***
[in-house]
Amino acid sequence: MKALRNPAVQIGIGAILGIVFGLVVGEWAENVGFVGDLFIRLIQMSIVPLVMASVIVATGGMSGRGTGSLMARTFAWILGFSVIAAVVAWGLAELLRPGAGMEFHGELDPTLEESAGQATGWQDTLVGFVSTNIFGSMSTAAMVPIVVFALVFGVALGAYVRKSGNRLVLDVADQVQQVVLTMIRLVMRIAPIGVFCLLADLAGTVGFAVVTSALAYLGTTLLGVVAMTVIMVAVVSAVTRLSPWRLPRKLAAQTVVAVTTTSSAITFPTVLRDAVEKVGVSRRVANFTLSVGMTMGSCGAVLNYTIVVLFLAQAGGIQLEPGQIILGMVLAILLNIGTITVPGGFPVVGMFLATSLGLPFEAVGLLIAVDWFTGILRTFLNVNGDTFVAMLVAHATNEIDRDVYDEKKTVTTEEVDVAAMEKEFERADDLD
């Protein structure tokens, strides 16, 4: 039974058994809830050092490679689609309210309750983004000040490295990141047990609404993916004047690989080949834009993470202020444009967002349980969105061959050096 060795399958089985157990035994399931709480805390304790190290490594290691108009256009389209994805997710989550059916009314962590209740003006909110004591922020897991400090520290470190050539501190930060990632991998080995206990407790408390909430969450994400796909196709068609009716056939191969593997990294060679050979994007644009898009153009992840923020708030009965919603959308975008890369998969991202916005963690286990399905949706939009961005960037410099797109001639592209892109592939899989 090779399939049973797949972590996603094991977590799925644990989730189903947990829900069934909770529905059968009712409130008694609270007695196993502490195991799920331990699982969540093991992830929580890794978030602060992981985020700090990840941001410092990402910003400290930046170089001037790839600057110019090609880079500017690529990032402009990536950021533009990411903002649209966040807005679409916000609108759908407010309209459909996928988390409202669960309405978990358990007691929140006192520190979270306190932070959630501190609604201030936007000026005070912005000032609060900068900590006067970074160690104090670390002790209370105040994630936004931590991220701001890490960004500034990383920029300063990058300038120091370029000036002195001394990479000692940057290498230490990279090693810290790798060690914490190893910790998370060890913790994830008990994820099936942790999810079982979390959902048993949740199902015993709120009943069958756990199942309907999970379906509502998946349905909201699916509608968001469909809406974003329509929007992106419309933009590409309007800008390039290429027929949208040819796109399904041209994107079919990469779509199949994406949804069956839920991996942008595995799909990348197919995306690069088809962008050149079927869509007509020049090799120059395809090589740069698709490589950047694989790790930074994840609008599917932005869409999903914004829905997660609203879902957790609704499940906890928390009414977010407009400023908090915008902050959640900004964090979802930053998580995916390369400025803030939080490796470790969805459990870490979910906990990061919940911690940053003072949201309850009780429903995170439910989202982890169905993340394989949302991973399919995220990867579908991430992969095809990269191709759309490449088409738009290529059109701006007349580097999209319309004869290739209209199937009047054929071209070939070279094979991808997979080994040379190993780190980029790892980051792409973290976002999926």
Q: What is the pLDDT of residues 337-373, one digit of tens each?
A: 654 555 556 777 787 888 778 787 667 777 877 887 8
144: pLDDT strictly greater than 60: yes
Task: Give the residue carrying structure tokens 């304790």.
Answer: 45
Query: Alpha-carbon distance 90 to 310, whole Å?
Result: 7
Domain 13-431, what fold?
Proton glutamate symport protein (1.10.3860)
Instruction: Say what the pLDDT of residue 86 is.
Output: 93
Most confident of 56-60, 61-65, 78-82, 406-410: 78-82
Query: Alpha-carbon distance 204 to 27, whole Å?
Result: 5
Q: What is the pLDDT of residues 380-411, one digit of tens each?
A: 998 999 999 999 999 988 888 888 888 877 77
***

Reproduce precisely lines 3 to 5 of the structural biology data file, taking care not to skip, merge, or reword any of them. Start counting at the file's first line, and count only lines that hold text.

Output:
């Protein structure tokens, strides 16, 4: 039974058994809830050092490679689609309210309750983004000040490295990141047990609404993916004047690989080949834009993470202020444009967002349980969105061959050096 060795399958089985157990035994399931709480805390304790190290490594290691108009256009389209994805997710989550059916009314962590209740003006909110004591922020897991400090520290470190050539501190930060990632991998080995206990407790408390909430969450994400796909196709068609009716056939191969593997990294060679050979994007644009898009153009992840923020708030009965919603959308975008890369998969991202916005963690286990399905949706939009961005960037410099797109001639592209892109592939899989 090779399939049973797949972590996603094991977590799925644990989730189903947990829900069934909770529905059968009712409130008694609270007695196993502490195991799920331990699982969540093991992830929580890794978030602060992981985020700090990840941001410092990402910003400290930046170089001037790839600057110019090609880079500017690529990032402009990536950021533009990411903002649209966040807005679409916000609108759908407010309209459909996928988390409202669960309405978990358990007691929140006192520190979270306190932070959630501190609604201030936007000026005070912005000032609060900068900590006067970074160690104090670390002790209370105040994630936004931590991220701001890490960004500034990383920029300063990058300038120091370029000036002195001394990479000692940057290498230490990279090693810290790798060690914490190893910790998370060890913790994830008990994820099936942790999810079982979390959902048993949740199902015993709120009943069958756990199942309907999970379906509502998946349905909201699916509608968001469909809406974003329509929007992106419309933009590409309007800008390039290429027929949208040819796109399904041209994107079919990469779509199949994406949804069956839920991996942008595995799909990348197919995306690069088809962008050149079927869509007509020049090799120059395809090589740069698709490589950047694989790790930074994840609008599917932005869409999903914004829905997660609203879902957790609704499940906890928390009414977010407009400023908090915008902050959640900004964090979802930053998580995916390369400025803030939080490796470790969805459990870490979910906990990061919940911690940053003072949201309850009780429903995170439910989202982890169905993340394989949302991973399919995220990867579908991430992969095809990269191709759309490449088409738009290529059109701006007349580097999209319309004869290739209209199937009047054929071209070939070279094979991808997979080994040379190993780190980029790892980051792409973290976002999926």
Q: What is the pLDDT of residues 337-373, one digit of tens each?
A: 654 555 556 777 787 888 778 787 667 777 877 887 8